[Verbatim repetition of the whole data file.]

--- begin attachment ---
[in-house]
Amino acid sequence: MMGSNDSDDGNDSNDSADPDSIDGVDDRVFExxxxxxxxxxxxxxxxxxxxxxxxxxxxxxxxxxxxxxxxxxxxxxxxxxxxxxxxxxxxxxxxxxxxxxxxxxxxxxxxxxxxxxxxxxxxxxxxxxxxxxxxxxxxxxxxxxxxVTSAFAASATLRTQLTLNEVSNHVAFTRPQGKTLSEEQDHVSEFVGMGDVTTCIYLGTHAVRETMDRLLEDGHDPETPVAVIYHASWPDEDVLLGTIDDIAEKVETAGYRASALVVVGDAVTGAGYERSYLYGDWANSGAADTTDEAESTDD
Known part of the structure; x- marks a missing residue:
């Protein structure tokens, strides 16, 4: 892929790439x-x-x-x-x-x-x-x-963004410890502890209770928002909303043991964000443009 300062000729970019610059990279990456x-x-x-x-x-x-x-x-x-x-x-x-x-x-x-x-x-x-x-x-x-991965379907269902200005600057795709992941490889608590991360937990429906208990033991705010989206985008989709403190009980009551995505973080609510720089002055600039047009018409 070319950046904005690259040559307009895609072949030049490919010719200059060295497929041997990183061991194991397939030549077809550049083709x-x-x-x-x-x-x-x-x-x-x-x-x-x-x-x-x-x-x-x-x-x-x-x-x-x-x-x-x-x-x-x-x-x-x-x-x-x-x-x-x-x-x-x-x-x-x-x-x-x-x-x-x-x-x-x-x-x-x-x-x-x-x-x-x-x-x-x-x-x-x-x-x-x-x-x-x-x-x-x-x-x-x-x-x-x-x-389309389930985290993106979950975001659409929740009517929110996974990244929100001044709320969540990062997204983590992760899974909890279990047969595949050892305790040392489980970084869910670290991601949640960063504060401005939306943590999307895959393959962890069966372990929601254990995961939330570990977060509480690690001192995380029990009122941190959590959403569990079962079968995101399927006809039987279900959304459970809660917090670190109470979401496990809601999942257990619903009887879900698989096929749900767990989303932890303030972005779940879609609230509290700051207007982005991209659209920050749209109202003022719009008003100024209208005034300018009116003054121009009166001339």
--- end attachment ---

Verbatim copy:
[in-house]
Amino acid sequence: MMGSNDSDDGNDSNDSADPDSIDGVDDRVFExxxxxxxxxxxxxxxxxxxxxxxxxxxxxxxxxxxxxxxxxxxxxxxxxxxxxxxxxxxxxxxxxxxxxxxxxxxxxxxxxxxxxxxxxxxxxxxxxxxxxxxxxxxxxxxxxxxxVTSAFAASATLRTQLTLNEVSNHVAFTRPQGKTLSEEQDHVSEFVGMGDVTTCIYLGTHAVRETMDRLLEDGHDPETPVAVIYHASWPDEDVLLGTIDDIAEKVETAGYRASALVVVGDAVTGAGYERSYLYGDWANSGAADTTDEAESTDD
Known part of the structure; x- marks a missing residue:
């Protein structure tokens, strides 16, 4: 892929790439x-x-x-x-x-x-x-x-963004410890502890209770928002909303043991964000443009 300062000729970019610059990279990456x-x-x-x-x-x-x-x-x-x-x-x-x-x-x-x-x-x-x-x-x-991965379907269902200005600057795709992941490889608590991360937990429906208990033991705010989206985008989709403190009980009551995505973080609510720089002055600039047009018409 070319950046904005690259040559307009895609072949030049490919010719200059060295497929041997990183061991194991397939030549077809550049083709x-x-x-x-x-x-x-x-x-x-x-x-x-x-x-x-x-x-x-x-x-x-x-x-x-x-x-x-x-x-x-x-x-x-x-x-x-x-x-x-x-x-x-x-x-x-x-x-x-x-x-x-x-x-x-x-x-x-x-x-x-x-x-x-x-x-x-x-x-x-x-x-x-x-x-x-x-x-x-x-x-x-x-x-x-x-x-389309389930985290993106979950975001659409929740009517929110996974990244929100001044709320969540990062997204983590992760899974909890279990047969595949050892305790040392489980970084869910670290991601949640960063504060401005939306943590999307895959393959962890069966372990929601254990995961939330570990977060509480690690001192995380029990009122941190959590959403569990079962079968995101399927006809039987279900959304459970809660917090670190109470979401496990809601999942257990619903009887879900698989096929749900767990989303932890303030972005779940879609609230509290700051207007982005991209659209920050749209109202003022719009008003100024209208005034300018009116003054121009009166001339």